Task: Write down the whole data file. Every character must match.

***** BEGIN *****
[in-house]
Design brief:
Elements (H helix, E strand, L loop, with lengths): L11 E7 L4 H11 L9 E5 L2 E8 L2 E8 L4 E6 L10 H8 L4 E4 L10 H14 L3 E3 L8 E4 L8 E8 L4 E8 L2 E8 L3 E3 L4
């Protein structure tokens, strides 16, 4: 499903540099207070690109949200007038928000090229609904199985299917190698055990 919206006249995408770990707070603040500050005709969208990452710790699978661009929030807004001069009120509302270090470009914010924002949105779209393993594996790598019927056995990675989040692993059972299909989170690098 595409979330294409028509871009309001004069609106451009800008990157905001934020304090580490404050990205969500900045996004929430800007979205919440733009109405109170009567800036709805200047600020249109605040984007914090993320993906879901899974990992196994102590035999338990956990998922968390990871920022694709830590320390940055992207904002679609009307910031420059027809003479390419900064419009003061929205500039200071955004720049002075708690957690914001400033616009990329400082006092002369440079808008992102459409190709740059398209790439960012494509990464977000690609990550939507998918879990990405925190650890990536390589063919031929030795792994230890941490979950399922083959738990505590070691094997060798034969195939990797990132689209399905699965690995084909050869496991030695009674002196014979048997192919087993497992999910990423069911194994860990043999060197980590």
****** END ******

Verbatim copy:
[in-house]
Design brief:
Elements (H helix, E strand, L loop, with lengths): L11 E7 L4 H11 L9 E5 L2 E8 L2 E8 L4 E6 L10 H8 L4 E4 L10 H14 L3 E3 L8 E4 L8 E8 L4 E8 L2 E8 L3 E3 L4
């Protein structure tokens, strides 16, 4: 499903540099207070690109949200007038928000090229609904199985299917190698055990 919206006249995408770990707070603040500050005709969208990452710790699978661009929030807004001069009120509302270090470009914010924002949105779209393993594996790598019927056995990675989040692993059972299909989170690098 595409979330294409028509871009309001004069609106451009800008990157905001934020304090580490404050990205969500900045996004929430800007979205919440733009109405109170009567800036709805200047600020249109605040984007914090993320993906879901899974990992196994102590035999338990956990998922968390990871920022694709830590320390940055992207904002679609009307910031420059027809003479390419900064419009003061929205500039200071955004720049002075708690957690914001400033616009990329400082006092002369440079808008992102459409190709740059398209790439960012494509990464977000690609990550939507998918879990990405925190650890990536390589063919031929030795792994230890941490979950399922083959738990505590070691094997060798034969195939990797990132689209399905699965690995084909050869496991030695009674002196014979048997192919087993497992999910990423069911194994860990043999060197980590």